RiderMan ~ Dianne's Race

Overall Distance 20.4 kilometres Time Taken 48 mins
Height Climbed 100 metres Overall Position  
Distance Climbed 5 kilometres Category Position 1st
Date September 2004 Country Germany
Entrants 1,500 Region Black Forest

Germany could only be described as cold and wet.  It was 6 degrees and rain looked as though it was going to be a feature of the weekend.

The RiderMan is different to all the other UCI events as it's a two-stage event, with a time trial on Saturday and a Road Race on Sunday.  The TT course is predominantly the same as the road race course but without the very big hill.  It just has the one big hill.

Ve vill ask ze questions
This is going to be Dianne's second event.  She's doing the RiderMan Light.  A 20k race over one lap of the TT course.  I'm entered for the 150k road race and the TT.  We both go to sign on and pick up our numbers when we're nabbed by the press, interviewed then have our picture taken.  The very next day we're front page news in the local rag which is equivalent in size to the Sunday Times.  There's obviously a lot of news in Germany!

Dianne's main concern is to not finish last.  Lining up with around 50 other bedraggled competitors they huddle together for warmth as the commentators babble on and the photographers struggle to put up marquis-sized umbrellas.  In the half-light of a Black Forest autumn, the gun fires and the race heads out, through the town and in to the country side and the first wind swept "Jubilee-type" hill.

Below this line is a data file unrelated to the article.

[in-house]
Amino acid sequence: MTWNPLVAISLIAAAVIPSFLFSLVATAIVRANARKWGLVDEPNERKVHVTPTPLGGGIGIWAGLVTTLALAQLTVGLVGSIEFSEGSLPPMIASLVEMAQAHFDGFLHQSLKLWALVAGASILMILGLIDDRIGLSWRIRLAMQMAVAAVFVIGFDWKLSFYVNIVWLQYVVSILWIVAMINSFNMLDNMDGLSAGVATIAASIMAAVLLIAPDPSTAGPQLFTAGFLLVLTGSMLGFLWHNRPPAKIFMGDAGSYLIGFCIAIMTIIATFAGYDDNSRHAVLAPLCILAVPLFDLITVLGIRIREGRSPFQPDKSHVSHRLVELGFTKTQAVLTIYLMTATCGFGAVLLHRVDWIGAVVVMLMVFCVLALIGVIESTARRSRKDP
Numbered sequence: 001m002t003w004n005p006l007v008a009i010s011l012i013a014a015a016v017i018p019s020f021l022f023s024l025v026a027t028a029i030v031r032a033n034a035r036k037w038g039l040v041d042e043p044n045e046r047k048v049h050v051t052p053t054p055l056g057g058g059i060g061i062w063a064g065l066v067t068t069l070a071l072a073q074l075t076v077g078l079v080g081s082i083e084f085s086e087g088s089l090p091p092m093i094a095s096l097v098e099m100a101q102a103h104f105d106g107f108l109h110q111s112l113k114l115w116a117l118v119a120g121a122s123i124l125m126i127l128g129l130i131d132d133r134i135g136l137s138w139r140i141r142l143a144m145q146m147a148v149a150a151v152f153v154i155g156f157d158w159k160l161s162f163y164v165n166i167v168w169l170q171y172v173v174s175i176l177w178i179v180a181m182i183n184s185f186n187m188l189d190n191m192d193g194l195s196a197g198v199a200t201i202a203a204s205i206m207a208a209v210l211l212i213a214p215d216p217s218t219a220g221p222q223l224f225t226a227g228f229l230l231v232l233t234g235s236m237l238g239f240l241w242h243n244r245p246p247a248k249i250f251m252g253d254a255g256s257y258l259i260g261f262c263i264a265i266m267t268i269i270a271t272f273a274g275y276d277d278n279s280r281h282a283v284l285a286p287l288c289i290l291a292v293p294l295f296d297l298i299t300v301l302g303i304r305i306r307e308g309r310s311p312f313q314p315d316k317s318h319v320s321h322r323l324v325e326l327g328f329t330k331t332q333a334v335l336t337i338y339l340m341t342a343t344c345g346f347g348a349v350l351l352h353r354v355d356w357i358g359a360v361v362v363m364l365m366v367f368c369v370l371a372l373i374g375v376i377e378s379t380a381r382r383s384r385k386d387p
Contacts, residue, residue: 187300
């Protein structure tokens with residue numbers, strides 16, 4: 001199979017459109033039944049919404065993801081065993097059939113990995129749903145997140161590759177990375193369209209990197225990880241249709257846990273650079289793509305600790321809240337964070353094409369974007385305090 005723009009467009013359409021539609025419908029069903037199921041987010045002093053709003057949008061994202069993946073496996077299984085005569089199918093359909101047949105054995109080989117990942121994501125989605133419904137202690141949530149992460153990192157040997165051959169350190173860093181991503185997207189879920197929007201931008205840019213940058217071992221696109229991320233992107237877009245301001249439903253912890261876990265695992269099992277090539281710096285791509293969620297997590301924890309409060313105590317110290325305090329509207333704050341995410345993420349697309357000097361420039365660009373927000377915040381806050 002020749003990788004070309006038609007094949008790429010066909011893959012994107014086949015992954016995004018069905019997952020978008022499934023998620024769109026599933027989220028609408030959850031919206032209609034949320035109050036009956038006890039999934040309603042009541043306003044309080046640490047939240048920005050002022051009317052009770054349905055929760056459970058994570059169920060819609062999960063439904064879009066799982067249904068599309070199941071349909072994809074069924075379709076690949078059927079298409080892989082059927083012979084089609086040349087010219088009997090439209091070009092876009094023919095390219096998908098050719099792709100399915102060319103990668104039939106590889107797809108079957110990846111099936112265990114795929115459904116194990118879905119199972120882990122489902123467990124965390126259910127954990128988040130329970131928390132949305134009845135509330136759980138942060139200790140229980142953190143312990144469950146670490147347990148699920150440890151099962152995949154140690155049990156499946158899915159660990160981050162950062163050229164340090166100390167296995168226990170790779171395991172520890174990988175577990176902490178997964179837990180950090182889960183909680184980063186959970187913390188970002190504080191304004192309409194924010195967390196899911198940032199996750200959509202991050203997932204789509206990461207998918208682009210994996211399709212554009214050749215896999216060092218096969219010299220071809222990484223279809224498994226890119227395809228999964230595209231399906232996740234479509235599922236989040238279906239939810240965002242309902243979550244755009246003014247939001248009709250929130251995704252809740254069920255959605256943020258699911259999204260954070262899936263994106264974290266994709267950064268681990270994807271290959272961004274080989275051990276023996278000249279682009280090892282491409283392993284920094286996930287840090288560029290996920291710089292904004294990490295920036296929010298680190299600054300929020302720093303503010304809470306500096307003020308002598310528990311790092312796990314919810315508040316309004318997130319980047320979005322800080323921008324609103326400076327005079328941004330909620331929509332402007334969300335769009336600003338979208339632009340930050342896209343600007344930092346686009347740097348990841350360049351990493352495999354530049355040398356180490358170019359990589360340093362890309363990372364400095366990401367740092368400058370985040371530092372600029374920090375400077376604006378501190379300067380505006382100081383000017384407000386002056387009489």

The hares race off and Dianne, under instruction to "ride-steady" gets into an early battle trying to stay with the front group.  In the last third of the hill the gaps open but she stays in touch.  A youngster weighing all of five stone, an old master of experience and a "mature" lady in her second ever event end up together and spur one an other on.  With a steady descent and a flat bit before the next hill they form an uneasy alliance and stay together.

Experience over youth
On the next climb it all kicks off.  The master goes to the front.  The youngster, emulating his hero Zabel, grabs the wheel and takes shelter.  Dianne, sits at the back and concentrates on surviving the 3k, 75 metre climb.  A very long St Peter's Valley.  Two thirds of the way up the vet gives a kick and the youngster begins to wobble.  A gap opens up and Dianne moves around the kid whose now blown it.  The true reality of bike racing hits him at such an early stage in his career.  He'll get over it.  It'll probably be the making of him.

As they reach the top, the vet senses danger.  Unsure of who this person next to him is he puts a sprint to clear the crest and heads the three kilometres, downhill, to the finish.  Dianne, unsure of what to do, chases then remembers her instructions and eases back.  She then remembers Zabel junior behind her and picks up the pace again.  48 minutes after setting off  Dianne crosses the line alone, bedraggled and frozen.  With little shelter at the finish we return back to the car.

Didn't she do well?
It's not until we return back to Jersey that we get the results from the event.  First lady, three minutes ahead of her nearest rival!  Two events and one win!  It's a long way from the two kilometres torture ride first undertaken in May and an effort well worth recording.

Me? I start the time trial in the cold and wet and just concentrate on not falling off as I ride through the spa town centre of Bad Durrheim.  I survive the cobbles and 90 degree bends and head out in to the country side.  Thirty eight minutes later I'm back and in 67th place.  Not bad out of 1500.  The next day it's the road race. 

The Germans race in a style completely opposite to the Italians!  They scream up the hills, where I kept getting dropped, then I'd be dragging them along spending kilometre after kilometre on the front of the groups as we chased others down on the flats.  No concept of through and off and no concept of pacing yourself on the hills.  Anyway, I have a half decent, if not very warm, race and move up to 32nd.  A nice way to end my season.  It's not a win I grant you but I enjoyed it.

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